Thursday, February 07, 2008

People You Meet on Transit #4

The Raving Lunatic
I've known someone who suffered from mental illness. It's not very pretty, poetic or a sign of artistic merit. It's painful and awkward and just shitty all around. Maybe that's why the Raving Lunatic is always troubling to me. Not that I'm sure he doesn't disturb other passengers, but I have a personal connection with that sort of disease, and well, it helps to have a reason to tell yourself why you are the only person leaving the bus because of the wild-eyed looking person talking to his Texas Instruments calculator and raving about the coming Dark Underprince and his many wing'ed minions, black with pitch and the tell-tale soot of burn'ed souls.

I remember sitting behind two teens, they might have been girls, or two effeminate boys, I'm not quite sure. But one of them comments that "Oh yeah, he has bipolar", and they go on about it like it's a trendy thing to have, like ironic 80's shirts or a passably real-looking fake Fendi bag. No, he's probably not bi-polar, he's probably really moody and wants to pin a name on the endless torment and pain he feels that compels him to wear black and listen to Black Sabbath in hopes of finding messages from the Dark Prince. Real mental disease isn't cool or pretty and certainly not something that sensitive people gather around and attribute to that really cute yet volatile guy with the messed-up-on-purpose hair and well worn but unread copy of Kerouac.

And every so once in a while there is the fellow in the terribly cramped subway compartment, raving. Full-on raving, and not with glowsticks and computerized musak, no, I mean, full on, diatribing about this that or the other. I can see why ipods sell so well. The entire trainful of commuters try to avert their gaze or continue their conversation about Sally and her poor choice of top for yesterday's meeting, but the big bloody elephant is in the room, so to speak.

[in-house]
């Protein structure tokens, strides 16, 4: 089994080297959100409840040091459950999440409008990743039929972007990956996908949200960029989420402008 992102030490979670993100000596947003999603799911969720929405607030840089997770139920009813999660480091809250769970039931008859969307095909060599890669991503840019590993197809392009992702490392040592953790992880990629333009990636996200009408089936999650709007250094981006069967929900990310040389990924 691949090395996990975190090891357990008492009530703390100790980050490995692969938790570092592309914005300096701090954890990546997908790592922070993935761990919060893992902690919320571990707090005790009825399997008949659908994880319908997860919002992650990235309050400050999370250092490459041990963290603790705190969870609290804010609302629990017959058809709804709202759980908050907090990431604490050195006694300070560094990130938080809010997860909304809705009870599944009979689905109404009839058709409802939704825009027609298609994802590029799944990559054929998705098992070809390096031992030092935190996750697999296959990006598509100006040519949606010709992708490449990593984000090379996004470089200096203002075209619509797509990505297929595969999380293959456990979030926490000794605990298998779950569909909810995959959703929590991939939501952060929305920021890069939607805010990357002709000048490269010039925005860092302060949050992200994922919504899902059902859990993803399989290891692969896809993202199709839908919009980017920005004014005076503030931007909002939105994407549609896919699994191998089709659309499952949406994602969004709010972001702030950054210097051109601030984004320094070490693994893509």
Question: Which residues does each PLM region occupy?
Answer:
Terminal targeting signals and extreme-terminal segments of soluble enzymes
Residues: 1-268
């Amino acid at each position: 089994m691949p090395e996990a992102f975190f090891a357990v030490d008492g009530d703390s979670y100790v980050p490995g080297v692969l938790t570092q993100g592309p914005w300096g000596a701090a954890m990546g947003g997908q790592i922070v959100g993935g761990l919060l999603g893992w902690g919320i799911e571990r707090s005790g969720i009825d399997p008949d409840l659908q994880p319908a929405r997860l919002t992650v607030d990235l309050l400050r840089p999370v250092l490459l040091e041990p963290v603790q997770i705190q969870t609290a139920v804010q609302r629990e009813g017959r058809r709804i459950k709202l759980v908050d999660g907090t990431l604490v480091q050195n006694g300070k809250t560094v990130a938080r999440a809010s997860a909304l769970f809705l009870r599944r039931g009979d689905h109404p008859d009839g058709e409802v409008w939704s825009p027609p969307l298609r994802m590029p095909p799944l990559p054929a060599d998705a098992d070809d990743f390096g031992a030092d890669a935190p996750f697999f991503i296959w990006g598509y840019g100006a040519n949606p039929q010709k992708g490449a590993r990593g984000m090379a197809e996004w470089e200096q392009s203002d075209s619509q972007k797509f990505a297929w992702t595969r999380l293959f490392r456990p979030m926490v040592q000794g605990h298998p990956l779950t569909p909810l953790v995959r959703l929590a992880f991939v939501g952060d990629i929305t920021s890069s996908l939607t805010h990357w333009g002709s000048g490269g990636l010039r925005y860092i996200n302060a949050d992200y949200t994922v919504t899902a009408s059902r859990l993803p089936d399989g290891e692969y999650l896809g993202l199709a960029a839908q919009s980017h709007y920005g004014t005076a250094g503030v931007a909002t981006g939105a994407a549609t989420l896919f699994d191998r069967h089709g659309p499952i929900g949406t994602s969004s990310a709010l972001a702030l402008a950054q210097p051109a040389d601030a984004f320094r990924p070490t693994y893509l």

There are several ways to approach this. One, really hone in on that iPod you have blasting overpriced music into your ears, try for the twenty third time to finish that particularly tricky sentence in the novel you are holding, or just get up and leave, and take the 5-10 minute ding in your commute.

I dunno, I'm a softy or a wuss or some other affable term for someone who can't quite 'take the heat', but I take the ding every single time.


Monkfish said...

It is interesting how bipolar has almost become a trendy word to throw about. It does sound so much nicer than manic-depressive illness though.

I'm supposed to buy the iPod and the music?

Niteowl said...

Yes, although, manic-depressive sounds so much cooler. I don't know why the term has fallen out of vogue.

And yes, the theory goes, one is supposed to buy music, and not just download podcasts covering the latest trends in succulent plant hobby gardening.

andrea said...

manic-depression invokes the crazies big disorder is it's more apprehensible counterpart..but for anyone who's had first hand experience with persons suffering from the illness...if it walks like a duck...

Niteowl said...

Yeah, I'm not sure if labels help, giving a name to Thing That's Quite Unpleasant, or only minimizes the hurricane that a person suffering from the illness inadvertently creates.